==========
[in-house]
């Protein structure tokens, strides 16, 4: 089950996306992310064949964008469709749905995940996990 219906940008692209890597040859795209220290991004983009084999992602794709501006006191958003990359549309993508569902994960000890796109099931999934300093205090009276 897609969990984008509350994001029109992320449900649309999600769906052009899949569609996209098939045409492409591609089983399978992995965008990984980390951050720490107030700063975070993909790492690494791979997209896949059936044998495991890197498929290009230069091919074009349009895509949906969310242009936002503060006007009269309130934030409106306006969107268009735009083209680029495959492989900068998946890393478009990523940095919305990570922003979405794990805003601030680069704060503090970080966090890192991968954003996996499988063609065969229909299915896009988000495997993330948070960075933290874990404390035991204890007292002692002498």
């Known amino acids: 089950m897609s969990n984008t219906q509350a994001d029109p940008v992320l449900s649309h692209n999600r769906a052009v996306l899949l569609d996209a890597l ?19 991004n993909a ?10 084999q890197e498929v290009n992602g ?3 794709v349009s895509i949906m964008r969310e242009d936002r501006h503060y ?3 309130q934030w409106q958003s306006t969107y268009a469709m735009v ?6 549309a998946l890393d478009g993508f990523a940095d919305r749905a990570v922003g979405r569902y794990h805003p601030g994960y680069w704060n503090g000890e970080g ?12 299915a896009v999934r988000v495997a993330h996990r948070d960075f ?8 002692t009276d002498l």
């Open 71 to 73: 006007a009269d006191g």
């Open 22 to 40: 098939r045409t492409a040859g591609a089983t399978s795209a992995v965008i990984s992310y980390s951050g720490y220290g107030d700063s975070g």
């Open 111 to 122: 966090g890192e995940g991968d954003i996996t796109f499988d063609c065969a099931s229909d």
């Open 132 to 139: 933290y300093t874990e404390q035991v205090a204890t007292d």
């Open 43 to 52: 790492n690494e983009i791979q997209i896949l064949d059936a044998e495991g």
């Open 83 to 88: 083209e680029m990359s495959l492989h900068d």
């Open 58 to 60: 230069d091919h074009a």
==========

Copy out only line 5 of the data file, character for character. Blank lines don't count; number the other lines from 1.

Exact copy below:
């Open 22 to 40: 098939r045409t492409a040859g591609a089983t399978s795209a992995v965008i990984s992310y980390s951050g720490y220290g107030d700063s975070g």